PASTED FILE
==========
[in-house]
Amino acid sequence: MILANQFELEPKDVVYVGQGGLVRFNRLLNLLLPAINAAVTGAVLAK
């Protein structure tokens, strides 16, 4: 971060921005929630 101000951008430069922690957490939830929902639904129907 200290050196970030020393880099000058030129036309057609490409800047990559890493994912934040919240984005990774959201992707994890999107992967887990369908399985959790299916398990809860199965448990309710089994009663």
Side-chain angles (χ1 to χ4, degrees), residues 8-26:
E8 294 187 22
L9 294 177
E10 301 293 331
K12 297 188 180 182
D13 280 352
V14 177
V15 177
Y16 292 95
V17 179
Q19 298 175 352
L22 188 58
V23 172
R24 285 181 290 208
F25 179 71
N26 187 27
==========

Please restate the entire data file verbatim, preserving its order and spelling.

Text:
[in-house]
Amino acid sequence: MILANQFELEPKDVVYVGQGGLVRFNRLLNLLLPAINAAVTGAVLAK
């Protein structure tokens, strides 16, 4: 971060921005929630 101000951008430069922690957490939830929902639904129907 200290050196970030020393880099000058030129036309057609490409800047990559890493994912934040919240984005990774959201992707994890999107992967887990369908399985959790299916398990809860199965448990309710089994009663």
Side-chain angles (χ1 to χ4, degrees), residues 8-26:
E8 294 187 22
L9 294 177
E10 301 293 331
K12 297 188 180 182
D13 280 352
V14 177
V15 177
Y16 292 95
V17 179
Q19 298 175 352
L22 188 58
V23 172
R24 285 181 290 208
F25 179 71
N26 187 27